at the 2021 venice architecture biennale, the thai pavilion explores what architecture can learn from the relationship between elephants and the kuy people — an ethnic group in thailand’s tha tum district. ‘changes have affected their villages of people and elephants over the centuries,’ the curatorial team, led by apiradee kasemsook, shares with designboom. ‘what never changes with time, however, is the inseparable bond between the two.’ the pavilion’s exhibitor is boonserm premthada, the architect responsible for designing ‘elephant world’ — a government funded initiative that includes a museum, a flexible events and recreation space, and an observation tower. the complex provides a source of stable income for the kuy people as well as the region’s elephants.
the completed pavilion in tha tum, thailand | image by spaceshift studio
over time, with deforestation happening at an increasing pace, many elephants in thailand have been left without necessary sustenance. these animals are often forced to wander in tourist cities or labor in forest camps until they fall ill and die. however, boonserm premthada says that the complex, which is located in the tha tum district, is not for people to lament the past, but rather a place where local people can take pride in their culture, while educating others about their history and traditions. the architect says that teaching people and animals to ‘coexist with love’ is the project’s overarching message — a sentiment particularly fitting for the biennale, given its theme: how will we live together?
image by spaceshift studio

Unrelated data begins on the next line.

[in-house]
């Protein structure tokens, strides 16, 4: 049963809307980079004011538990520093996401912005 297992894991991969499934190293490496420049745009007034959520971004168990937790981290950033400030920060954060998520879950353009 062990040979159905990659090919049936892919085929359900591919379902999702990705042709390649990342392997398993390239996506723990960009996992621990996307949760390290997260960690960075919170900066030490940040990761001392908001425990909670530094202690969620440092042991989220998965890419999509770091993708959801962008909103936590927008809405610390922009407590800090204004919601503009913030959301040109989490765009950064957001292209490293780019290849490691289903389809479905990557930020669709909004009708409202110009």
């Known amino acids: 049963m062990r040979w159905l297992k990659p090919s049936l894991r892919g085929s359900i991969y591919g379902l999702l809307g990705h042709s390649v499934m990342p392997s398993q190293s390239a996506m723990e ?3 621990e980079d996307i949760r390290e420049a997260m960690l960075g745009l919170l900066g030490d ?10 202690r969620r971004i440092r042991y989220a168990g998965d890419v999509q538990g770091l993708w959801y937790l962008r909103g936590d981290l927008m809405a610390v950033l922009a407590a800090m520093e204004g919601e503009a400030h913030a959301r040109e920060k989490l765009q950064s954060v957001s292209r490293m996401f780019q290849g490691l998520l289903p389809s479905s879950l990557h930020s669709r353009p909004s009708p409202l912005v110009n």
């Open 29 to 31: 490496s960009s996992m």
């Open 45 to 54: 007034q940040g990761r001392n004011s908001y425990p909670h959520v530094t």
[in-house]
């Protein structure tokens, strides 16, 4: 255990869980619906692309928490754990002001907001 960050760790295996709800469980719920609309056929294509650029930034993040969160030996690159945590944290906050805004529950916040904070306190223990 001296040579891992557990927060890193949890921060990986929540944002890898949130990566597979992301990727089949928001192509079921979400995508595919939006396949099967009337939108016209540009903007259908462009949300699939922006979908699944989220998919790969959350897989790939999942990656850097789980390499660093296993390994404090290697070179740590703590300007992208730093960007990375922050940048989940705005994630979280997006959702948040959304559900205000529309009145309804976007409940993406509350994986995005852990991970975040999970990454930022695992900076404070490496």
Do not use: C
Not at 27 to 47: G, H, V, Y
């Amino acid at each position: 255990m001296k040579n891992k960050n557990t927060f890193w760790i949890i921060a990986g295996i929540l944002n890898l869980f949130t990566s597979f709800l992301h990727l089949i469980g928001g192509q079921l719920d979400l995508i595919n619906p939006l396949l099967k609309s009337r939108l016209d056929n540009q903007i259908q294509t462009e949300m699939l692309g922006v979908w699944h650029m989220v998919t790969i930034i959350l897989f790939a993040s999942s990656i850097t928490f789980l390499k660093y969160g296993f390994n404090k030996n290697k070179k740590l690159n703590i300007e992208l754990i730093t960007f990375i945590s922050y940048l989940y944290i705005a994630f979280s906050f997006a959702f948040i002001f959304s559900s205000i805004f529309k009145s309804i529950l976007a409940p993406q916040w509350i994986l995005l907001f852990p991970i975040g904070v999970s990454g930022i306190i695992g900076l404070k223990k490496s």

the exhibition at the thai pavilion — appropriately titled ‘elephant’ — asks, in an age of conflict, what can be learned from tha tum, where humans and elephants have lived side by side for centuries. ‘the architecture in tha tum is elementary but is embedded with much consideration for one another, as elephants are considered members of the household,’ the curatorial team tells designboom. ‘a typical house is one where a generous section is dedicated to elephants. a man needs a shading structure, so there is one for an elephant, too. there is a shrine related to their lives with elephants. a house shall never cast its shadow onto the shadows of the shrine, and vice versa. and when one leaves another, there is a graveyard for the kuy; and their companions rest in another graveyard nearby.’
image by spaceshift studio
the pavilion’s focal point is an installation, designed by boonserm premthada, that is inspired by the simple but considered structures found in northeast thailand. representing the living quarters of both humans and elephants, the installation comprises two levels: a lower level for humans, and an elevated structure that references the region’s elephant houses. constructed inside the arsenale’s sale d’armi building, using materials sourced locally in italy, the two parts of the timber installation are integrated to provide mutual support for each other. meanwhile, the large sloping roof will act as a screen onto which the team’s research and the life of its ‘twin’ pavilion in tha tum will be projected.